NFL Fantasy Forecast: Why to always take a WR1 over a WR3

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One of the benefits of being a longtime fantasy writer is that I've heard just about every cliché there is when it comes to drafting:

• "Never draft a kicker or defense before you have to"

• "That guy is good in real life but stinks as a fantasy QB"

• "Always know the rules of the league before sitting down to draft"

• "Running Back by Committee = Fantasy Death"

• "Never drink the beer that has stuff floating in it"

One maxim that I've been thinking about recently is the old, "It's better to draft the WR1 of a bad team than the WR3 of a good team; at least he's the clear starter."

And when I start thinking about fantasy football maxims, two things happen: (1) I start to think of ways to test the validity of said maxim and (2) so much smoke comes out of my ears that family members think a new Pope has been elected.

I asked the Sports Grumblings supercomputer, Mighty Max, to rank wide receivers by 2008 WCOFF score and by team.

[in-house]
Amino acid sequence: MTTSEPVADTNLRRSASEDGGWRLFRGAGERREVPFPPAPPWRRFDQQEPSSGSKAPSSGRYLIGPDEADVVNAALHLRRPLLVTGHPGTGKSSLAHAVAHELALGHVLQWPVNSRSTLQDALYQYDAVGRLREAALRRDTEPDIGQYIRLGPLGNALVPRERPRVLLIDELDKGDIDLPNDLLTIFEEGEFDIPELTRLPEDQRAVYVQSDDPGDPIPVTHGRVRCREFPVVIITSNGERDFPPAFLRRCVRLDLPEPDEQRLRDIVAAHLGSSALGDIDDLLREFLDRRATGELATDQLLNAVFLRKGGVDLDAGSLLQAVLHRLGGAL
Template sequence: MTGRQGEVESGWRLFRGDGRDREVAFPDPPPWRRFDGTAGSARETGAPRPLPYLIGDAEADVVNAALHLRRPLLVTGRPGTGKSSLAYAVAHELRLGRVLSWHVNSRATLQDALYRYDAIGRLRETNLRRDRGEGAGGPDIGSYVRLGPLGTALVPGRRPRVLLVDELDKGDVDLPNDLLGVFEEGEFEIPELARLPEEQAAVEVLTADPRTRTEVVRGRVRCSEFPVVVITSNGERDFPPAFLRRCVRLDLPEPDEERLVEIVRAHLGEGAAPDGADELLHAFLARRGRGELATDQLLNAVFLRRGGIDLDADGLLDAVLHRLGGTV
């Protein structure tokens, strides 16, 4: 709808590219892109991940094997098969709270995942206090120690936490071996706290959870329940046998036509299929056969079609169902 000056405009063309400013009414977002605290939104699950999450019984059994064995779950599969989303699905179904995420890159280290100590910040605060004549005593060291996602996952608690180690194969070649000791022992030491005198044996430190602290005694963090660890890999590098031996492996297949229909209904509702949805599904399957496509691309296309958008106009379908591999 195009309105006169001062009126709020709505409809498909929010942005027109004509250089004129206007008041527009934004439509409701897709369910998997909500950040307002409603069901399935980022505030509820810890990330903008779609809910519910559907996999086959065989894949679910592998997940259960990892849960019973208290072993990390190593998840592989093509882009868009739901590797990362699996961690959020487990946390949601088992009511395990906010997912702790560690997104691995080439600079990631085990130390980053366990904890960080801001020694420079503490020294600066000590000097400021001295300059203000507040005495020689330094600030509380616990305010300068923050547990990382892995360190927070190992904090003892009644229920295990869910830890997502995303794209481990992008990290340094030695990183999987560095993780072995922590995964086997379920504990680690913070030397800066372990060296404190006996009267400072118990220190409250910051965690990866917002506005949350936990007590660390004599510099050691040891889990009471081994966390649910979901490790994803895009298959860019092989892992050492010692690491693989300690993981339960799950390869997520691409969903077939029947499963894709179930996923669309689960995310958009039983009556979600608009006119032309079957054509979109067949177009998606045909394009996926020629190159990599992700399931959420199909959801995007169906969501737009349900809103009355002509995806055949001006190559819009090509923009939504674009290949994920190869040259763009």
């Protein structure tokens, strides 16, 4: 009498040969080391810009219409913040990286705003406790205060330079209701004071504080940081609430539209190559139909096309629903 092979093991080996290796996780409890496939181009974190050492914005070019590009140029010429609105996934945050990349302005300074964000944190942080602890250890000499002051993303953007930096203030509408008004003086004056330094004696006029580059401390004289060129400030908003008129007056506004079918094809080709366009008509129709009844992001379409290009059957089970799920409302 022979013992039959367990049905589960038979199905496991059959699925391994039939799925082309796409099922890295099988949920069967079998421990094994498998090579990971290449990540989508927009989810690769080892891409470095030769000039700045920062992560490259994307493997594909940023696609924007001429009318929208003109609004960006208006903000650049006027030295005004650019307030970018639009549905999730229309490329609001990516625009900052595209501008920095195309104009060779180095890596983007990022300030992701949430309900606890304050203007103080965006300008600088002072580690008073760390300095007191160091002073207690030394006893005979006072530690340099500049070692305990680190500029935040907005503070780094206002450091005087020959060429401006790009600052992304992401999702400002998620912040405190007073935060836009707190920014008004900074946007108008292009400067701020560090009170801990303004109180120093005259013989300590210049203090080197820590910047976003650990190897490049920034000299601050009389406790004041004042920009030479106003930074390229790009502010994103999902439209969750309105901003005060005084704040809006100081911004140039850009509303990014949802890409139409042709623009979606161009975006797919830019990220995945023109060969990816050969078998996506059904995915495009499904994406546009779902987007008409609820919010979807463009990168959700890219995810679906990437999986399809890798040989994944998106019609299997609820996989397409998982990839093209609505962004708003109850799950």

To keep things manageable, I instituted a 32-catch minimum (two receptions per game over a full season). As always, Max responded quickly and efficiently:

2008 Wide Receiver Fantasy Production by Team

What's interesting to note is that only nine teams managed to field three receivers who met the search criteria: the Cardinals, Broncos, Packers, Dolphins, Patriots, Saints, Giants, Jets, Eagles and Steelers. It's also interesting to note that four teams couldn't even supply two receivers who met the search criteria: the Browns, Jags, Chiefs and Seahawks.

The performance of Steve Breaston clearly stands out here -- not only is he a good receiver, but he clearly benefitted from the injury to Anquan Boldin combined with a pass-happy offense. His performance as a WR3 on his own team was better than that of the top receiver of 12 other teams!

Pretty impressive, right? I suppose that means we should all run out and grab that WR3 on pass-happy offenses, right? Well... maybe not. I broke out the WR3/WR4 from the nine teams, to better isolate their performance numbers:

The point to note here is that the average WR3-type produced 110.6 points -- which bested the performance of just one WR1 in the NFL: Bobby Engram.

I don't know about you, but I'm inclined to play the odds and draft a starting WR on a bad team before I'd try to predict who this year's Steve Breaston or Devery Henderson will be.

So the bottom line here is that this is one fantasy football maxim that deserves its hallowed status: Draft the WR1 on a bad team ahead of the WR3 on a high-powered offense.